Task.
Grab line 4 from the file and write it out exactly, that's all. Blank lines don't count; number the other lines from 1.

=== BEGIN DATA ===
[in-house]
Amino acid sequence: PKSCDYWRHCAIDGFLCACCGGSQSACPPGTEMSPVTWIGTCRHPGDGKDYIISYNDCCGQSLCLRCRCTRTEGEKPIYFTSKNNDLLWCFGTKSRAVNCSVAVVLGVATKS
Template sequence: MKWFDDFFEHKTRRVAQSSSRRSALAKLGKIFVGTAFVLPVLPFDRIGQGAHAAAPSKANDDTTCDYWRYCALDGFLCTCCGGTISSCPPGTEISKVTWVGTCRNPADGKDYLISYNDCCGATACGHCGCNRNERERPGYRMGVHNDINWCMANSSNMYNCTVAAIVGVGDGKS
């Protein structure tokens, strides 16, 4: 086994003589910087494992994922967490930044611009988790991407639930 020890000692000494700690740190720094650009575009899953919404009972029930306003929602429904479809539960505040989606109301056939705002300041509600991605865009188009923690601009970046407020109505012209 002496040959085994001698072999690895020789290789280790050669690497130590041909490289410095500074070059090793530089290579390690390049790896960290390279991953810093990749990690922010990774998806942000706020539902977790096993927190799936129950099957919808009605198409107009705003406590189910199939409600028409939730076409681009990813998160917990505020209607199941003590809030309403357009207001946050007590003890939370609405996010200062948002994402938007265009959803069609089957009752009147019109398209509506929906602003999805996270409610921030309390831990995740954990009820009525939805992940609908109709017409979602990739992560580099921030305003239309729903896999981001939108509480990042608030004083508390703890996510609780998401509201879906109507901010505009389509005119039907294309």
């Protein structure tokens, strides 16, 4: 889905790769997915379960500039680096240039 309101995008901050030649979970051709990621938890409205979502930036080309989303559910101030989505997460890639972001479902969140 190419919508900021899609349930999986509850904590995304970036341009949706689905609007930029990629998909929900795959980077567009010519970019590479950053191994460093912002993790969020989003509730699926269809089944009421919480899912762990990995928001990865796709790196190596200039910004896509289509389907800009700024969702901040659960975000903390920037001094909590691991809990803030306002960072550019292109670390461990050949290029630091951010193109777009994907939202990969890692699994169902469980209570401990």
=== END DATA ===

């Protein structure tokens, strides 16, 4: 086994003589910087494992994922967490930044611009988790991407639930 020890000692000494700690740190720094650009575009899953919404009972029930306003929602429904479809539960505040989606109301056939705002300041509600991605865009188009923690601009970046407020109505012209 002496040959085994001698072999690895020789290789280790050669690497130590041909490289410095500074070059090793530089290579390690390049790896960290390279991953810093990749990690922010990774998806942000706020539902977790096993927190799936129950099957919808009605198409107009705003406590189910199939409600028409939730076409681009990813998160917990505020209607199941003590809030309403357009207001946050007590003890939370609405996010200062948002994402938007265009959803069609089957009752009147019109398209509506929906602003999805996270409610921030309390831990995740954990009820009525939805992940609908109709017409979602990739992560580099921030305003239309729903896999981001939108509480990042608030004083508390703890996510609780998401509201879906109507901010505009389509005119039907294309």